Mastering Electronic Health Record in Global Health Care

Mastering Electronic Health Record in Global Health Care

Kijpokin Kasemsap (Suan Sunandha Rajabhat University, Thailand)
Copyright: © 2017 |Pages: 21
DOI: 10.4018/978-1-5225-0920-2.ch014
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Abstract

This chapter describes the overview of electronic health record (EHR); the trends and issues with EHR; EHR and clinical decision support system (CDSS); the trust and privacy concerns of EHR systems; and the significance of EHR in global health care. EHR systems are very important in health care settings and have the potential to transform the health care system from a mostly paper-based industry to the one that utilizes the clinical data and other pieces of information to assist health care providers in delivering the higher quality of care to their patients. EHRs and their ability to electronically exchange health information can help health care providers effectively provide higher quality and safer care for patients while creating tangible enhancements in global health care.
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Background

In recent years, one of the most important applications of IT in the field of health care is EHR (Farzandipour, Sadoughi, Ahmadi, & Karimi, 2010). A growing capacity of IT in the collection, storage, and transmission of information has added a great deal of concerns since electronic records can be accessed by numerous consumers at various locations (Farzandipour, Ahmadi, Sadoughi, & Karimi, 2011). The digitization of health care typically has emphasized electronic records for patients (Raghupathi & Kesh, 2009). Advancements in information and communication technology (ICT) have led to the development of various forms of EHR to support general practitioners and health care providers in capturing, storing, and retrieving the routinely collected medical records and clinical information for the optimal primary care and translational research in modern health care (Bonney, 2016).

The increase in EHR implementation in all treatment venues has led to the greater demands for integration across health care practice settings with different work cultures (Sherer et al., 2015). EHR implementations may present challenges to patient safety and health care workflow (Colligan, Potts, Finn, & Sinkin, 2015). With growing adoption and use, EHR represents a rich source of clinical data that offers many benefits for secondary use in biomedical research (Rasmussen, 2014). The collected health care data plays a crucial role to ensure the effective statistical analysis in the health care organizations (Arfaoui & Akaichi, 2016). Wuyts et al. (2012) indicated that EHR systems are being developed to enable the electronic storing and sharing of medical data among health care practitioners. Patient records are the central parts of health care and hospitals (Bossen, 2011). EHR presents an opportunity to access the large stores of data for health care research (Griffith et al., 2015).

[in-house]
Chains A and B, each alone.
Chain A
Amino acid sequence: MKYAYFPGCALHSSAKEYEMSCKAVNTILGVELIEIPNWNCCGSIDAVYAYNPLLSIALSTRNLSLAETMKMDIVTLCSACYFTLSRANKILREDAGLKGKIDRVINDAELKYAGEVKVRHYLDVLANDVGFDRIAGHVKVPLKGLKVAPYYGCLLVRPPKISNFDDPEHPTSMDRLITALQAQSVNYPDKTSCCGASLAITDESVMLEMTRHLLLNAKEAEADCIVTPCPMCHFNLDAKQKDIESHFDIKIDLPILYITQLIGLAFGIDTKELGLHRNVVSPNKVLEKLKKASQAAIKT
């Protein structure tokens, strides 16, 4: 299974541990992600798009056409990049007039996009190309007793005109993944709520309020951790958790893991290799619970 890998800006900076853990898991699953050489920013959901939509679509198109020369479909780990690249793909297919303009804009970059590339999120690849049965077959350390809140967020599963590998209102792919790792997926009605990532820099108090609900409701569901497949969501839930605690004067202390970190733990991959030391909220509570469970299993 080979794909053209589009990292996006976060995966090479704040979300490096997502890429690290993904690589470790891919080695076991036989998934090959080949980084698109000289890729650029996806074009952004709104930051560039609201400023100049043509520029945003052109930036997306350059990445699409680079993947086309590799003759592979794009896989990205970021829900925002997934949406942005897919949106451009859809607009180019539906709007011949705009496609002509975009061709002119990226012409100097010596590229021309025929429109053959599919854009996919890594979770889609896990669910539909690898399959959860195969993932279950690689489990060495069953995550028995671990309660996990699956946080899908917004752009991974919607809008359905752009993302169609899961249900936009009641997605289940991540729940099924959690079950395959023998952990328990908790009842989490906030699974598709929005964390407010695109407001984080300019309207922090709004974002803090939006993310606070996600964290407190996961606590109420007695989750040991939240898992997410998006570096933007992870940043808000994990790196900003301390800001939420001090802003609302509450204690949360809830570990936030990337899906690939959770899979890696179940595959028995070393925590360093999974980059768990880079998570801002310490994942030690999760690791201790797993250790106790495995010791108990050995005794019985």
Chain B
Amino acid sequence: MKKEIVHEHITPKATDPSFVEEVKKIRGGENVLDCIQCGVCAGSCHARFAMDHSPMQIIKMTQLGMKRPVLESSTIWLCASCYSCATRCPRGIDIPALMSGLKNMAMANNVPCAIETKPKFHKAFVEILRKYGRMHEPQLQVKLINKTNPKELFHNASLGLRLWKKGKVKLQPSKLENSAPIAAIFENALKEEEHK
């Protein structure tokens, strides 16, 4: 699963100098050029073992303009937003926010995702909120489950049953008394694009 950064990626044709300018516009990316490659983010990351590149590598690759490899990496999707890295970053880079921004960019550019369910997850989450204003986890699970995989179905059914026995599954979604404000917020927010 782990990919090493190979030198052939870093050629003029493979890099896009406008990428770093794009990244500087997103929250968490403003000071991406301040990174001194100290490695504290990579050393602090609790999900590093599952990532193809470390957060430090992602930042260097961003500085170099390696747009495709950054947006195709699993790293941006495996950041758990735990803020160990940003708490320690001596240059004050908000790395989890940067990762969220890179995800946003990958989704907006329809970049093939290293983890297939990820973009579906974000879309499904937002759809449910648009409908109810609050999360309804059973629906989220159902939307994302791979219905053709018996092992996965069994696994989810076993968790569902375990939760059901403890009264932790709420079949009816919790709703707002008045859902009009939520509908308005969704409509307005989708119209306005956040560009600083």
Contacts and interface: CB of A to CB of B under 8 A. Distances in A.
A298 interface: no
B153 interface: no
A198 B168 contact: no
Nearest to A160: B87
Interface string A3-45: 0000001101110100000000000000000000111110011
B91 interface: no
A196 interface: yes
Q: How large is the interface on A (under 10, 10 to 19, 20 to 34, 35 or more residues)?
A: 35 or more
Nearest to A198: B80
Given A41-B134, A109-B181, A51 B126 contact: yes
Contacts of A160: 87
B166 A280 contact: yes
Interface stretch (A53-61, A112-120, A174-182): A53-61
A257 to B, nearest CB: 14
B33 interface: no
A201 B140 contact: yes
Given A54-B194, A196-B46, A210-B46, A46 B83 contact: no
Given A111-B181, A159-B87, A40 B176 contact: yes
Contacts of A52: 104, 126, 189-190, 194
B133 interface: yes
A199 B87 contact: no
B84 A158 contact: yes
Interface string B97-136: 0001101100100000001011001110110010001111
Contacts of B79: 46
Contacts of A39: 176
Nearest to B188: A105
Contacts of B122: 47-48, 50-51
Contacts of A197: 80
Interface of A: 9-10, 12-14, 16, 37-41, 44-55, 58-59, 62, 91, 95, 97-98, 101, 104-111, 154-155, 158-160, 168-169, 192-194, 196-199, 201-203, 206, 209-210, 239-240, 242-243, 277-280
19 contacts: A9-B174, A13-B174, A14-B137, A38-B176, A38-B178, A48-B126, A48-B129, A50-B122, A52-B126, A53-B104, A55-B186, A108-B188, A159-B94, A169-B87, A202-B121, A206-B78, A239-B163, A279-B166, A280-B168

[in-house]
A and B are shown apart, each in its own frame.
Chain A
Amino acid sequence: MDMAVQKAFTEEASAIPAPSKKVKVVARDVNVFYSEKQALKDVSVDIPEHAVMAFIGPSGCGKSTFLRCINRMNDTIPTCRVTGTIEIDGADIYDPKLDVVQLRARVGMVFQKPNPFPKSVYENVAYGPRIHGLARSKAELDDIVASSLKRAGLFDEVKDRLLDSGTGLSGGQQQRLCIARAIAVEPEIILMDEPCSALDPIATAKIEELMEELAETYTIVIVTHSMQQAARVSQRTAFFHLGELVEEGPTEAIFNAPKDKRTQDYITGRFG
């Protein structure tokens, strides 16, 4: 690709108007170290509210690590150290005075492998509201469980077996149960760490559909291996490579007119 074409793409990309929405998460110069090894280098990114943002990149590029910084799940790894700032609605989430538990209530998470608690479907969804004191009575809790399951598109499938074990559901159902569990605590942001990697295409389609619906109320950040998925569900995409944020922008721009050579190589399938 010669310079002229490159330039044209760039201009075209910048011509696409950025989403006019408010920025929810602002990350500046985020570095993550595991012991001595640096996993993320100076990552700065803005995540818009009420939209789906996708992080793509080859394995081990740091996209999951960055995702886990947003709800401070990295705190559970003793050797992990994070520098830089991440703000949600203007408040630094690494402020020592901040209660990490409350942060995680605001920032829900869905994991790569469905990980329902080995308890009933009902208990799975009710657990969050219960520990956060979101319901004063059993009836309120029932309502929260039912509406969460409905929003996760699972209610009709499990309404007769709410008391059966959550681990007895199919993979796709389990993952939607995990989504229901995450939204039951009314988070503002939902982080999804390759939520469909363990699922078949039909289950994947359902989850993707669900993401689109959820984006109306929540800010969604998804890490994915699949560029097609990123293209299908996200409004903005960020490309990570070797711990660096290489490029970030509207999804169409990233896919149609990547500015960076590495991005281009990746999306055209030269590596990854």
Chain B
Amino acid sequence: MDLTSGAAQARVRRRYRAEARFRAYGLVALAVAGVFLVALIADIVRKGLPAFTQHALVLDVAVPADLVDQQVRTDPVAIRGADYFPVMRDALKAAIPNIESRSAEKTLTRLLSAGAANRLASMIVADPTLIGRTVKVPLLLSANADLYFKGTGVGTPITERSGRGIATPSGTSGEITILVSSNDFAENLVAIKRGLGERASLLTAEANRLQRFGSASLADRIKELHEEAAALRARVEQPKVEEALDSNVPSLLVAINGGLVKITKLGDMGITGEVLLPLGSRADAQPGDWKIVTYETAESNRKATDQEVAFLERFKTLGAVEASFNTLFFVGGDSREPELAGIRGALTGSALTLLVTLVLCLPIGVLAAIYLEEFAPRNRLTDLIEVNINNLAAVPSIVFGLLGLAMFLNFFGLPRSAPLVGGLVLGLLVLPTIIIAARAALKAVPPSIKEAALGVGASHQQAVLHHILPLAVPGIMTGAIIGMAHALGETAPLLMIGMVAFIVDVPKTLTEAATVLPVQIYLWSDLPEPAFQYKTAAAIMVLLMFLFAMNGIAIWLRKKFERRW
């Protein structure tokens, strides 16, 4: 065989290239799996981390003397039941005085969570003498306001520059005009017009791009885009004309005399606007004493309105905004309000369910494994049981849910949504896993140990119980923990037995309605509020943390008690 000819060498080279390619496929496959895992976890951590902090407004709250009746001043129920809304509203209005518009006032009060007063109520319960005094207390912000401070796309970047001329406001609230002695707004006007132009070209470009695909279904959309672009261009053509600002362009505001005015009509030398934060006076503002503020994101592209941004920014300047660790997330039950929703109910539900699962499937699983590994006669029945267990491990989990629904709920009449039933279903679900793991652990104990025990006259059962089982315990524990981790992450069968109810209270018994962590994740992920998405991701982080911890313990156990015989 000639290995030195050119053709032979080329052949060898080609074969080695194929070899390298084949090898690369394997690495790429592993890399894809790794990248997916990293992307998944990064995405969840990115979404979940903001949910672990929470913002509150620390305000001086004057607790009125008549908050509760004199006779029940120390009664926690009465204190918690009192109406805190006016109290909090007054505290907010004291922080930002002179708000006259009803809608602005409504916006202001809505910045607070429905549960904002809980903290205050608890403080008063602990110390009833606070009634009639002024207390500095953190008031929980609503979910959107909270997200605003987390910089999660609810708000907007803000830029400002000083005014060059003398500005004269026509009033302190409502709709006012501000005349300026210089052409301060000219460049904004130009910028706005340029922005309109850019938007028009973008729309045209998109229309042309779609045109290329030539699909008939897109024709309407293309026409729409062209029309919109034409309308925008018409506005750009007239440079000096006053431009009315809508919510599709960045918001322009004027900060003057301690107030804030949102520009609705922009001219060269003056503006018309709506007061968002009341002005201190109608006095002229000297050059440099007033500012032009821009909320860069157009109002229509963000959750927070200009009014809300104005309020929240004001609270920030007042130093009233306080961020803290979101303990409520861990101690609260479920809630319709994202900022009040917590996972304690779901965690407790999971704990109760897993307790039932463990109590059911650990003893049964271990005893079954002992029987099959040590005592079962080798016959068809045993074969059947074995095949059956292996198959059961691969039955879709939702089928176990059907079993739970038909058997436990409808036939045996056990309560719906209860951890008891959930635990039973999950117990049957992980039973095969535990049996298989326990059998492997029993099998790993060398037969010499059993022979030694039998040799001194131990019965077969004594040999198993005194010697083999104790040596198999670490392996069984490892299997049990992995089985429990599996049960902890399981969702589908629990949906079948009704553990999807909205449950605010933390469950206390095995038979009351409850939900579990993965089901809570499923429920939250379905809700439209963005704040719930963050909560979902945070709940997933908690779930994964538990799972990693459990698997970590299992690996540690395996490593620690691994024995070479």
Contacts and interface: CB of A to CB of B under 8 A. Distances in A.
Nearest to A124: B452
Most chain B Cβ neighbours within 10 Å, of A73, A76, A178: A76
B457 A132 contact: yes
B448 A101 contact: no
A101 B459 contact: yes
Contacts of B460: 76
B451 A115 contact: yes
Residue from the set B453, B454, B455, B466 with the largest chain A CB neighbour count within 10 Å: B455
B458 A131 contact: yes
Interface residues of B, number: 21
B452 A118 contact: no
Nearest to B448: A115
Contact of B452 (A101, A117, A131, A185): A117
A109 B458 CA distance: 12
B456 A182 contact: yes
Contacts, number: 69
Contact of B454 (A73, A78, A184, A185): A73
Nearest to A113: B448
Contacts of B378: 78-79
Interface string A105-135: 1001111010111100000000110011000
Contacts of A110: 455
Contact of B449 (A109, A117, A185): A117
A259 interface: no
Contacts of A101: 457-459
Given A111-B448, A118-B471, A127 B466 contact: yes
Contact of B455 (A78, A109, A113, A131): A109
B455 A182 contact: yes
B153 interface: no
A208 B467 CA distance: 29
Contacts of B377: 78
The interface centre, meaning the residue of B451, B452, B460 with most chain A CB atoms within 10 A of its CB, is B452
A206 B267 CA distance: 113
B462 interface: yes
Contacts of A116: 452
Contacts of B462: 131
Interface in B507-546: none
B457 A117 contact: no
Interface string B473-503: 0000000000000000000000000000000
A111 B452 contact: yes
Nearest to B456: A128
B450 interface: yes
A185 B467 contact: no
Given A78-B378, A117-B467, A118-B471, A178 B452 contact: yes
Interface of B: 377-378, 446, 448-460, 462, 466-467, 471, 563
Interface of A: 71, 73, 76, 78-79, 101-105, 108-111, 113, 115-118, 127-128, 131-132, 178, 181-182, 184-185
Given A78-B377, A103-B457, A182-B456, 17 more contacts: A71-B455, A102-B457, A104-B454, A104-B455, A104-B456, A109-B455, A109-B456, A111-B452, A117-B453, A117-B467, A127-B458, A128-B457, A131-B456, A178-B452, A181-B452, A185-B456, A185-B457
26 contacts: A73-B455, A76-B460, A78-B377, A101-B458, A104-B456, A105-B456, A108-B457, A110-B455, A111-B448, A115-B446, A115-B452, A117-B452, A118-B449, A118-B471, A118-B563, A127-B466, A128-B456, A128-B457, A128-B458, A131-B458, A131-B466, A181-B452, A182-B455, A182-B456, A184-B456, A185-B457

Key Terms in this Chapter

Physician: A medical doctor, especially one who has general health care skill.

Electronic Health Record: The health-related information captured through electronic method, and which may or may not have a paper record to back it up.

Health Care: The act of taking necessary medical procedures to improve a person’s well-being.

Patient: A person who is receiving medical care.

Information Technology: The set of tools, processes, and associated equipment employed to collect, process, and present the information.

Information: The data that is specific and organized for a purpose.

Record: The document that memorializes and provides the objective evidence of activities performed, events occurred, and results achieved.

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